Pittsburgh Update

Pittsburgh Update publishes weekly summaries of recent developments in the Episcopal Diocese of Pittsburgh, The Episcopal Church, and the Anglican Communion that affect or could affect Pittsburgh Episcopalians. Emphasis is on reporting, not interpretation. This is a service of Progressive Episcopalians of Pittsburgh. This site is in no way affiliated with the Episcopal Diocese of Pittsburgh or the Anglican Diocese of Pittsburgh.

A Pittsburgh Episcopal Voice          

A Service of Progressive Episcopalians of Pittsburgh         

Tuesday, July 7, 2020

Week Ending 07/06/20

All Updates This Week Follow Up Previous Posts

More Zoom Bombing of Church Services

Update reported  in April on an Churches whose on-line zoom service was disrupted by individuals posting offensive images.  The last Sunday in June, it happened again.  This time the target was St. Johns Episcopal Church in Royal Oak.  Those involved used Nazi symbols and racist words, and were persistent enough that when the church had everyone sign off and return, the disrupters once again appeared. The church had to end the service rather than continue with the offensive disruptions.
Zoom has been used widely by churches for Sunday services, despite one Sunday when there was a massive failure of the platform because of overloading.

Church Intensifies Commitment to Poor People's Campaign

The Episcopal News Service posted an article summarizing the various steps taken in recent weeks by the Episcopal Church to advocate for social justice, especially through the "Poor People's Campaign" and their Church's emphasis on racial reconciliation.  Update has covered the steps as they occurred. In addition Trinity Church, Wall Street, announced its grants in support of social justice causes, including covid-19 relief, racial justice and economic justice.  The grants totaled more than $12 million.

St. Paul's School, Conway, NH Is Back in News

 St. Paul's School in Conway, New Hampshire had hoped to have put behind it the scandal that began with the rape of an under-aged student by a graduating senior and then spread to encompass revelations of long buried sexual abuse involving a former headmaster and other members of the staff.  In September 1918, the school settled claims from lawsuits filed by those who had been abused, and in 2019 removed the name of the former headmaster who had covered up  cases from a building on the school campus.  However, another of the abuse victims has come forward, novelist, Lacy Crawford whose sexual assault by two male students was buried and ignored by the now-notorious headmaster.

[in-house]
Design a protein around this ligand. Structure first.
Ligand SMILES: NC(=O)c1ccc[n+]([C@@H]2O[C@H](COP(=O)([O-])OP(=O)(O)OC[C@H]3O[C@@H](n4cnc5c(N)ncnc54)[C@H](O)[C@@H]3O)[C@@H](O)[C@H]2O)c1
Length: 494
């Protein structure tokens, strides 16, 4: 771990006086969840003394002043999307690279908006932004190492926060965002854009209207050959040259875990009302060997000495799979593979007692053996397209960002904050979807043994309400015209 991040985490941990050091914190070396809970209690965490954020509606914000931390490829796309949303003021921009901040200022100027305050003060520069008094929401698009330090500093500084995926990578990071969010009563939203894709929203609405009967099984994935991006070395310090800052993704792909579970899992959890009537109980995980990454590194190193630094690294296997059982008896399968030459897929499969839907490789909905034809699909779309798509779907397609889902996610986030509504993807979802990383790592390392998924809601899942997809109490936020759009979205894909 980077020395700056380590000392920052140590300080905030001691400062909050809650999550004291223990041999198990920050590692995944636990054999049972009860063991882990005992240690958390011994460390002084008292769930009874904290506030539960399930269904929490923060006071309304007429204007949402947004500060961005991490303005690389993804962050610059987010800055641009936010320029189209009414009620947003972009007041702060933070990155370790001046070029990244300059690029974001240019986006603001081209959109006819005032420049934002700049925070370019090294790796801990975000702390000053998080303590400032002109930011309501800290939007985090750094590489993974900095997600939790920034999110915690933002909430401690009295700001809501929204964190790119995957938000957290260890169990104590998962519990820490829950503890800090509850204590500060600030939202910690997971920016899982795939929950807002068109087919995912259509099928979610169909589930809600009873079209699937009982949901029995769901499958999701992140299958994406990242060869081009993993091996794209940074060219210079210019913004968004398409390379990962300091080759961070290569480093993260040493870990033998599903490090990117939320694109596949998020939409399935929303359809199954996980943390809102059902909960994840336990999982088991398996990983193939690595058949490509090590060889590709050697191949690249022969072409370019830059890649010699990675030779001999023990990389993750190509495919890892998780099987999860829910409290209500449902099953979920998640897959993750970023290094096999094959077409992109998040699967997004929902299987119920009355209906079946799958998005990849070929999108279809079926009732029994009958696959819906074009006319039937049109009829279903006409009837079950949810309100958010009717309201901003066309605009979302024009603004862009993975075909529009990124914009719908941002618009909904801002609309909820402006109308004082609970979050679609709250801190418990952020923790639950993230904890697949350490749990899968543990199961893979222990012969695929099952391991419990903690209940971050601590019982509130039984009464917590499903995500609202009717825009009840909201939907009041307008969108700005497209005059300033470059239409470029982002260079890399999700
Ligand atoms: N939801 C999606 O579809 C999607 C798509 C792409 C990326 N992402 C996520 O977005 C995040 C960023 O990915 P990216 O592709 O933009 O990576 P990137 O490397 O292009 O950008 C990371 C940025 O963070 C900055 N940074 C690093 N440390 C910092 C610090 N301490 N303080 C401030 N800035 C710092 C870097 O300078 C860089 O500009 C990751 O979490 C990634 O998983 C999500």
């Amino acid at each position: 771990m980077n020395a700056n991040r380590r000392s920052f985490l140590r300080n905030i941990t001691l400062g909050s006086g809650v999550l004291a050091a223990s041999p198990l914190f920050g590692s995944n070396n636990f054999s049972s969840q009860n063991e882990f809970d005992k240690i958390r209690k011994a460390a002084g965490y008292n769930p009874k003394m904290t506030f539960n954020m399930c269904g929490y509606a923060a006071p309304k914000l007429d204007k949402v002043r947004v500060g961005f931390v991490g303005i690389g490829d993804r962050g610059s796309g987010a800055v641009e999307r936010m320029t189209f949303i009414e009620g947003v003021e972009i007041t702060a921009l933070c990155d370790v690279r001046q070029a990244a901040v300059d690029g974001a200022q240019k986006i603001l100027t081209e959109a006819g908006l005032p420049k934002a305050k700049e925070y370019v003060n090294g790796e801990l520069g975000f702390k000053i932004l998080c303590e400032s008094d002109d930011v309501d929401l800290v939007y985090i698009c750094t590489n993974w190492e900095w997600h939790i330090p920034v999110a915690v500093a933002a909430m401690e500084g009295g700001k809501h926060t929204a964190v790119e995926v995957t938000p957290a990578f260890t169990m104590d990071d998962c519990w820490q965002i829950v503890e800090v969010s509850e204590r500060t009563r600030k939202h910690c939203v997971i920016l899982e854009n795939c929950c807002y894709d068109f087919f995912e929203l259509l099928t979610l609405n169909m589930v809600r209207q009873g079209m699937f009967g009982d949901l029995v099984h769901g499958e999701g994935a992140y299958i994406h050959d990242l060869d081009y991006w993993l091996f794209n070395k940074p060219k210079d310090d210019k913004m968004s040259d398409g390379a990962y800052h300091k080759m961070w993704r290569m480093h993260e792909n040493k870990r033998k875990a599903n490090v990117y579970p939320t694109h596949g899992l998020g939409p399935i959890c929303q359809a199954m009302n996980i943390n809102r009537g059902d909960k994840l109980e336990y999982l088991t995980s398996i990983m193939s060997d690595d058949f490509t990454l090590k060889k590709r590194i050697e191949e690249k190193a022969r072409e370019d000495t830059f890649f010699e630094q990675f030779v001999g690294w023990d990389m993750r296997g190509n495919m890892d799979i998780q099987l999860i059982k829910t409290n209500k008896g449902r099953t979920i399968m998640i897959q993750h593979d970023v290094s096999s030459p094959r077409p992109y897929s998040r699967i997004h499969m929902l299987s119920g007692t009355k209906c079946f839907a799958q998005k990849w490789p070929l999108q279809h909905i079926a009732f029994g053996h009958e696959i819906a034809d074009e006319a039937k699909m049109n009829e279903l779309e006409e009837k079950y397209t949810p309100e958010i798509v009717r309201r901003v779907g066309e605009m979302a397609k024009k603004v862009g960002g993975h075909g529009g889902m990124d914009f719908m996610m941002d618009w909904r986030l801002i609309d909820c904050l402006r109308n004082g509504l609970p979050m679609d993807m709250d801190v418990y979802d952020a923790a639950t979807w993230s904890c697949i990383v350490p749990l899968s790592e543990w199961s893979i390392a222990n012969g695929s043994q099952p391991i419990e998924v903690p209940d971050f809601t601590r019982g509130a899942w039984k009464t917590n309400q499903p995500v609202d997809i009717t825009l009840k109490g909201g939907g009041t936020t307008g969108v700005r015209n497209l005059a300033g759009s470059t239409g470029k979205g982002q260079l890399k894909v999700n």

More On the Cautious Re-Opening of Churches

Religion News Services reported on a recent survey by the American Enterprise Institute reveals that 64% of Americans were uncomfortable with attending services in person.  The group most comfortable were white evangelicals. Mainline protestant, black protestant, white Catholic, and Hispanic Catholic all had responses between 38% and 43% of those interviewed being "extremely" uncomfortable with attending. Another quarter were "somewhat" uncomfortable.  You can see the survey details here.   Many Episcopal Churches have responded to the rise in covid-19 cases by deciding to keep buildings closed, or delaying plans to reopen.  St. John the Baptist Episcopal in Milton, Delaware decided to offer a drive through/walk-up baptismal blessing after their on-line service as a way to do some in-person reconnecting.  The local media covered the event.  Update has been covering the slow return to in-person worship and innovative ways of doing church during the pandemic. The most recent of those posts is here.

Charlottesville Churches Buoyed by Possible Confederate Monument Removal

In 2017, the Episcopal parishes in Charlottesville were caught up in events that surrounded city official decisions to remove statues of Confederate generals Lee and Jackson.  Clergy and laity were among those who joined those counter-protesting the large demonstrations that were organized by far right groups who were unhappy the statues were to be removed.  The demonstration turned violent and one of the counter protesters was killed.  Now the churches are hopeful that the statues soon will actually be gone. Recent demonstrations aimed at removing statues erected to memorialize confederate leaders have added new impetus to the Charlottesville attempts. The city's attempts tp remove the statues have been blocked by an injunction from a Virginia judge who enforced a law forbidding removal of memorials.  As of July 1, a new state law allows a city or group to study the background of a statue and eventually remove it.  With that law in place, the city has pursued a removal of the injunction from the state supreme court.

More on Church Involvement in Recent Protests

St. John's Lafayette Square continues to be in the news.  This week, a congressional committee held hearings on the decision to use force to clear peaceful protesters from Lafayette Square just before Trump's photo opportunity at the church.  In other news, the Living Church carried an overview article showing church support offered to protesters in a number of places.  Update has been tracking the protests, and the St. John's story.